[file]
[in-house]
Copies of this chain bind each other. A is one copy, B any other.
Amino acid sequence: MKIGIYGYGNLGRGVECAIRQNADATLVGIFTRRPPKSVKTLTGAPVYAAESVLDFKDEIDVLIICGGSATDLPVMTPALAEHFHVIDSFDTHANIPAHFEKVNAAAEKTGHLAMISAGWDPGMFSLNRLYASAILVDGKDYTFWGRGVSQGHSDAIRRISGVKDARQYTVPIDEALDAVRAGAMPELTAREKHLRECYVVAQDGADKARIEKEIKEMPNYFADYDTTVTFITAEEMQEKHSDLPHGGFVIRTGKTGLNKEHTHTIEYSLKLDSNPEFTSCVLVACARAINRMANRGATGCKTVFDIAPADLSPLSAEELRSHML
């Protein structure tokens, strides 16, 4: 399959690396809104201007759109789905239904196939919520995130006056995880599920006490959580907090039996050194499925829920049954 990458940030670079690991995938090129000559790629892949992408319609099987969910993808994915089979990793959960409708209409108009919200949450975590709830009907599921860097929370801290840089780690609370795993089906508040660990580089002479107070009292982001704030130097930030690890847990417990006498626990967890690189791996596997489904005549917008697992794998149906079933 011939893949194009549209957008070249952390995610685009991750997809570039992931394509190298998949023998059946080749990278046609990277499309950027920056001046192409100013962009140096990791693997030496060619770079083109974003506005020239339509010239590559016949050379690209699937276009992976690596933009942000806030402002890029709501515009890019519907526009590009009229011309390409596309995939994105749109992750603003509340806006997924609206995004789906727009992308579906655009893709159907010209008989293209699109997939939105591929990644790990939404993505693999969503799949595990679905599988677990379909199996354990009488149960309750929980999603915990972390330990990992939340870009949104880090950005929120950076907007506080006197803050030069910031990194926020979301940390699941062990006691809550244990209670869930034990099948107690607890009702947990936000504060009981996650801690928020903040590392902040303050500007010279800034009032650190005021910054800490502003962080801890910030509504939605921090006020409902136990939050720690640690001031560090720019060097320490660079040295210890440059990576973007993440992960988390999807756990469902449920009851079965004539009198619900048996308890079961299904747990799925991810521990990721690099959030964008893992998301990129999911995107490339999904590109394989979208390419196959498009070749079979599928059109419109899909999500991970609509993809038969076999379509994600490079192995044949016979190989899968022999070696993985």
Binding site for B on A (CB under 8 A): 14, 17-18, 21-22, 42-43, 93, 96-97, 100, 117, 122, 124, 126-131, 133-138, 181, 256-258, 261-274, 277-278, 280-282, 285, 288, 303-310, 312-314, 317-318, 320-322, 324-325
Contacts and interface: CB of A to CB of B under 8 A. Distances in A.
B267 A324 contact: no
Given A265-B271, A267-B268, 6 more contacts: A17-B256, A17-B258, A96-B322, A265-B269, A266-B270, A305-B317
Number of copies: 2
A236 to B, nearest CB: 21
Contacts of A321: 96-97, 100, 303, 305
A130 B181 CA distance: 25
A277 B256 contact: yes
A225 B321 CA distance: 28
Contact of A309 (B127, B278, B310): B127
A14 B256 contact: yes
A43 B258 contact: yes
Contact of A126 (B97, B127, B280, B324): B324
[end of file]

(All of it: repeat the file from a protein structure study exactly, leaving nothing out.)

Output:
[in-house]
Copies of this chain bind each other. A is one copy, B any other.
Amino acid sequence: MKIGIYGYGNLGRGVECAIRQNADATLVGIFTRRPPKSVKTLTGAPVYAAESVLDFKDEIDVLIICGGSATDLPVMTPALAEHFHVIDSFDTHANIPAHFEKVNAAAEKTGHLAMISAGWDPGMFSLNRLYASAILVDGKDYTFWGRGVSQGHSDAIRRISGVKDARQYTVPIDEALDAVRAGAMPELTAREKHLRECYVVAQDGADKARIEKEIKEMPNYFADYDTTVTFITAEEMQEKHSDLPHGGFVIRTGKTGLNKEHTHTIEYSLKLDSNPEFTSCVLVACARAINRMANRGATGCKTVFDIAPADLSPLSAEELRSHML
């Protein structure tokens, strides 16, 4: 399959690396809104201007759109789905239904196939919520995130006056995880599920006490959580907090039996050194499925829920049954 990458940030670079690991995938090129000559790629892949992408319609099987969910993808994915089979990793959960409708209409108009919200949450975590709830009907599921860097929370801290840089780690609370795993089906508040660990580089002479107070009292982001704030130097930030690890847990417990006498626990967890690189791996596997489904005549917008697992794998149906079933 011939893949194009549209957008070249952390995610685009991750997809570039992931394509190298998949023998059946080749990278046609990277499309950027920056001046192409100013962009140096990791693997030496060619770079083109974003506005020239339509010239590559016949050379690209699937276009992976690596933009942000806030402002890029709501515009890019519907526009590009009229011309390409596309995939994105749109992750603003509340806006997924609206995004789906727009992308579906655009893709159907010209008989293209699109997939939105591929990644790990939404993505693999969503799949595990679905599988677990379909199996354990009488149960309750929980999603915990972390330990990992939340870009949104880090950005929120950076907007506080006197803050030069910031990194926020979301940390699941062990006691809550244990209670869930034990099948107690607890009702947990936000504060009981996650801690928020903040590392902040303050500007010279800034009032650190005021910054800490502003962080801890910030509504939605921090006020409902136990939050720690640690001031560090720019060097320490660079040295210890440059990576973007993440992960988390999807756990469902449920009851079965004539009198619900048996308890079961299904747990799925991810521990990721690099959030964008893992998301990129999911995107490339999904590109394989979208390419196959498009070749079979599928059109419109899909999500991970609509993809038969076999379509994600490079192995044949016979190989899968022999070696993985």
Binding site for B on A (CB under 8 A): 14, 17-18, 21-22, 42-43, 93, 96-97, 100, 117, 122, 124, 126-131, 133-138, 181, 256-258, 261-274, 277-278, 280-282, 285, 288, 303-310, 312-314, 317-318, 320-322, 324-325
Contacts and interface: CB of A to CB of B under 8 A. Distances in A.
B267 A324 contact: no
Given A265-B271, A267-B268, 6 more contacts: A17-B256, A17-B258, A96-B322, A265-B269, A266-B270, A305-B317
Number of copies: 2
A236 to B, nearest CB: 21
Contacts of A321: 96-97, 100, 303, 305
A130 B181 CA distance: 25
A277 B256 contact: yes
A225 B321 CA distance: 28
Contact of A309 (B127, B278, B310): B127
A14 B256 contact: yes
A43 B258 contact: yes
Contact of A126 (B97, B127, B280, B324): B324